Can Vitamin D in pregnancy prevent childhood asthma?

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For the first time, research has shown that higher prenatal vitamin D levels can effectively alter the immune response of infants.

Vitamin D is a well-recognised immune modulator, and vitamin D deficiency during pregnancy is hypothesised to influence disease development in offspring.

A new study has demonstrated for the first time that prenatal vitamin D supplements can positively modify the immune system of neonates, which could help to protect against asthma and respiratory infections.

As part of the study, women were randomised to receive either a supplement of 4,400IU of vitamin D3 per day during the second and third trimesters of pregnancy versus the recommended daily intake (RDI) of 400IU/day.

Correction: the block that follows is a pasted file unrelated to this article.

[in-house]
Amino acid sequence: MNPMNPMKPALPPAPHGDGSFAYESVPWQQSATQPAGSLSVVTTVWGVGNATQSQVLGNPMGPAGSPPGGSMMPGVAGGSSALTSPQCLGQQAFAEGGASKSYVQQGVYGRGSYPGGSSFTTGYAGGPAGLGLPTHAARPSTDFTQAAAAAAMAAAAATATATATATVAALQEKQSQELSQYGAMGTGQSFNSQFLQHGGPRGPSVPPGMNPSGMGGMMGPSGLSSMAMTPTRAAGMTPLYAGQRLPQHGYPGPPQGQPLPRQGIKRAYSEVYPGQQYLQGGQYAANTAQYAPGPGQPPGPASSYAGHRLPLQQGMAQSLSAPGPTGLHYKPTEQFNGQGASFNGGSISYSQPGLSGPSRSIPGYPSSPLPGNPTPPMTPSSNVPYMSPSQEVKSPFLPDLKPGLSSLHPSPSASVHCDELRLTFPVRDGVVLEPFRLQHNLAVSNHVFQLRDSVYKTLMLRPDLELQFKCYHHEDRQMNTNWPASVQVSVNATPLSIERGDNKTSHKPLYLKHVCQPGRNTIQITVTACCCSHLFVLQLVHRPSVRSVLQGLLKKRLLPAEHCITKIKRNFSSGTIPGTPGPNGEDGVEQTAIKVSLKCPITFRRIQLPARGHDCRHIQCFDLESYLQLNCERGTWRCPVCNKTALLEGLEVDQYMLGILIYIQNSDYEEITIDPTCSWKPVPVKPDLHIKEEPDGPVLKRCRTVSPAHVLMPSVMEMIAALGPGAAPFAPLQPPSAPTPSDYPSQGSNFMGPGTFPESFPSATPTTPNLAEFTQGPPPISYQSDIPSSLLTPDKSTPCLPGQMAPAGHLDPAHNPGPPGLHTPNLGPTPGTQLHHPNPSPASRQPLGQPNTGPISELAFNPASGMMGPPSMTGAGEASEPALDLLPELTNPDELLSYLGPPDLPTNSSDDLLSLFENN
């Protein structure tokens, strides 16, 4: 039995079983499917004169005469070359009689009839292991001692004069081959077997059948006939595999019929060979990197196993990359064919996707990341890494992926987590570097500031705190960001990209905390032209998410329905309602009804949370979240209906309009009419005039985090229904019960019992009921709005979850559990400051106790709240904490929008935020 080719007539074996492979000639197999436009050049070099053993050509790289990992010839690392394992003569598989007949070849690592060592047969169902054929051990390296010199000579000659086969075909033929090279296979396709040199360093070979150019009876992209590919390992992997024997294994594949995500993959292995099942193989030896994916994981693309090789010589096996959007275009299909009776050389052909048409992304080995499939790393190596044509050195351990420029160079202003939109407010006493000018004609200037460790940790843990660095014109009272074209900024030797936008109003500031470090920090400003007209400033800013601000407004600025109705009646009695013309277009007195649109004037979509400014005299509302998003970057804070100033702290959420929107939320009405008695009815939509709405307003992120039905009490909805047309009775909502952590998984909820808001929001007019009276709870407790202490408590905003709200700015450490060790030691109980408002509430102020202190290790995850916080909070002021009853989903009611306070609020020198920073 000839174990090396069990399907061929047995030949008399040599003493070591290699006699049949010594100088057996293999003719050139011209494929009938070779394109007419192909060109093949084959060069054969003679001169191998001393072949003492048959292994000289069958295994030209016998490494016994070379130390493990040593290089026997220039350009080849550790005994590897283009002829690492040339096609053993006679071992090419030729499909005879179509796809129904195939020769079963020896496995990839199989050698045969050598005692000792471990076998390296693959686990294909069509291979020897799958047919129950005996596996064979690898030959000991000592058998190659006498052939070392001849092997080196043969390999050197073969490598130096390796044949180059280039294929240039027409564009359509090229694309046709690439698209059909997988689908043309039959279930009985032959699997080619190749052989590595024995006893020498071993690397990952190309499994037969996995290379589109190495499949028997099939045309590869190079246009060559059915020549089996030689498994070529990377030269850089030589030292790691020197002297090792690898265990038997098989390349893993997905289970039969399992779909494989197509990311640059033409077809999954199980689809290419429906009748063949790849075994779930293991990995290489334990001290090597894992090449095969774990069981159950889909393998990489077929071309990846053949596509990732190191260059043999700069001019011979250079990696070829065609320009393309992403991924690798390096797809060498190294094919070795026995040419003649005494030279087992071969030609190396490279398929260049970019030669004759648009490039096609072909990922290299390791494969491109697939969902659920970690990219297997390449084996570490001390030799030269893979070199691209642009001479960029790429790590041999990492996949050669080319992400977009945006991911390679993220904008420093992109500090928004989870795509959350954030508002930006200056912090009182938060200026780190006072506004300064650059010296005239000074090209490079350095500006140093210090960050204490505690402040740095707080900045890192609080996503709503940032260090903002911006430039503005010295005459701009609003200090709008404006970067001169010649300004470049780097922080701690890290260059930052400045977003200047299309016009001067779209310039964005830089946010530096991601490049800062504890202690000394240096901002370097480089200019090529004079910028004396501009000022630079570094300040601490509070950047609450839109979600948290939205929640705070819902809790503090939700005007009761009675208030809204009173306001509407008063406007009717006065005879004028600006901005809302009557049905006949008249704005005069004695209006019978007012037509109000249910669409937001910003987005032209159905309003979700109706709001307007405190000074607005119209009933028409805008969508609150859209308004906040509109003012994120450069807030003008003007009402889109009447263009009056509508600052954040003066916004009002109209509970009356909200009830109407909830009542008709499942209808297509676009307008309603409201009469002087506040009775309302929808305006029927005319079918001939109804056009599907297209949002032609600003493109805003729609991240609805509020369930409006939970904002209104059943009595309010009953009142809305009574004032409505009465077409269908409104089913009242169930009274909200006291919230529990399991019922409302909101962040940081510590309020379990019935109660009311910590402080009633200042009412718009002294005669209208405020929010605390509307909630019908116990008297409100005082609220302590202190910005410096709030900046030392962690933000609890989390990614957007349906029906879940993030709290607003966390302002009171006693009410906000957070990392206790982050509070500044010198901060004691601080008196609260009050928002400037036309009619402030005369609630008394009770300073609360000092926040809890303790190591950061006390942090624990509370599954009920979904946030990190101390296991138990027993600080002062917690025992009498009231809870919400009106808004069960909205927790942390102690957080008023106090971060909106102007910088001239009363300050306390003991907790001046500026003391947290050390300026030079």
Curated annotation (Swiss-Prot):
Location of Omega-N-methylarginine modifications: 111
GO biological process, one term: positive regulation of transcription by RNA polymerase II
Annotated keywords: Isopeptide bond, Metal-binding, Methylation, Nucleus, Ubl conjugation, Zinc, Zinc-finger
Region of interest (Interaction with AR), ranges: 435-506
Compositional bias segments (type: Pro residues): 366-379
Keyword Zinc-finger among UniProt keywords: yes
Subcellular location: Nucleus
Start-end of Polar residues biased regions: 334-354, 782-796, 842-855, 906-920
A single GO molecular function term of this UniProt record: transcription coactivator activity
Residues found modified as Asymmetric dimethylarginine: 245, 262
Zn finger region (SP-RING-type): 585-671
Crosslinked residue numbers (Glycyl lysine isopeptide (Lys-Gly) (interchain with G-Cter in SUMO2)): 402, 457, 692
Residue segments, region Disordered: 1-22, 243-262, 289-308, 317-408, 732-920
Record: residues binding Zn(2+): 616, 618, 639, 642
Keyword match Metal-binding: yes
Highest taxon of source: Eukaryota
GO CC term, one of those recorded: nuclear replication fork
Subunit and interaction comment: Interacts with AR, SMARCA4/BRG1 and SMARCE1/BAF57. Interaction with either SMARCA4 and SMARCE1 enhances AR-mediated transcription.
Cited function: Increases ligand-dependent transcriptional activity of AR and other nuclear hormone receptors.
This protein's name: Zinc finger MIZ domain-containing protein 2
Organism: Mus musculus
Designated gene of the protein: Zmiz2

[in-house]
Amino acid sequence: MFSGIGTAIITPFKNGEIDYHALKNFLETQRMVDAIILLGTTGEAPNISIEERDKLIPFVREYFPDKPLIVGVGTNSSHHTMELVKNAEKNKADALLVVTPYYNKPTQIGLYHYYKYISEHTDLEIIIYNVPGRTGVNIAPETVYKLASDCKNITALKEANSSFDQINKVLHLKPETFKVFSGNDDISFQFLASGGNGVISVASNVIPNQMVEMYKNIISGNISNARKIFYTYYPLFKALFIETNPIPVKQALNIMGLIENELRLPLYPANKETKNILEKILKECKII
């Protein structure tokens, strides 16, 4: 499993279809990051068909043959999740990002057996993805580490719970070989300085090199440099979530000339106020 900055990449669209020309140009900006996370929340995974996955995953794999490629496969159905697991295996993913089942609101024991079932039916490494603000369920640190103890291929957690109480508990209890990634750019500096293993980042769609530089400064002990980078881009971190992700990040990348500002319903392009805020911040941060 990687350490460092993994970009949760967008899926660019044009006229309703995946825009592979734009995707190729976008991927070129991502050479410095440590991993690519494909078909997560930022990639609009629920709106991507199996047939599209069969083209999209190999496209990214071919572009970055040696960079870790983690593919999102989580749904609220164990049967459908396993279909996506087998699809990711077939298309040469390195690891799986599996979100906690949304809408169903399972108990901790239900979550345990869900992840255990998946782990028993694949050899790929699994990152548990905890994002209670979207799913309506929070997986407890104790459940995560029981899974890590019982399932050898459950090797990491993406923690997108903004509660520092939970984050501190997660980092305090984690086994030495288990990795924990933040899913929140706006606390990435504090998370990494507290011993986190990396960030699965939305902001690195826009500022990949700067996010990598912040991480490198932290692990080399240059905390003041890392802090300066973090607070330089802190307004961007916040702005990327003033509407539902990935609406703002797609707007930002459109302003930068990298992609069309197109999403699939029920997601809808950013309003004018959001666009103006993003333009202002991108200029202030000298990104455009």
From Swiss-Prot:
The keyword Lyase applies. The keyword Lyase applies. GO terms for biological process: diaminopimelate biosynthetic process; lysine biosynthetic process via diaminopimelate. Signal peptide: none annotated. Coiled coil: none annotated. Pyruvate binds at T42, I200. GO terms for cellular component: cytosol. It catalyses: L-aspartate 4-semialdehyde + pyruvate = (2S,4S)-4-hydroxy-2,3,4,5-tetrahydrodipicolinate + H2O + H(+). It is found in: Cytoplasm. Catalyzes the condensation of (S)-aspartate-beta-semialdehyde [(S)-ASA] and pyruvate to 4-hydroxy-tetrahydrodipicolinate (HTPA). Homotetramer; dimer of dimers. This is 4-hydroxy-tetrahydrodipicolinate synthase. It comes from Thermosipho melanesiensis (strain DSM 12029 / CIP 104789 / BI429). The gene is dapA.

Supplementation with 4400IU resulted in an enhanced broad-spectrum proinflammatory cytokine response of cord blood mononuclear cells to innate and mitogenic stimuli, with an average 1.7- to 2.1-fold increase in levels of several proinflammatory cytokines (GM-CSF, IFN-γ, IL-1β, IL-6, and IL-8), a higher gene expression level of TLR2 and TLR9, a greater than 4-fold increase in IL-17A production after polyclonal T-cell stimulation, and an enhanced IL-10 response of cord blood mononuclear cells to dexamethasone treatment in culture.

The findings are published in the Journal of Allergy and Clinical Immunology .

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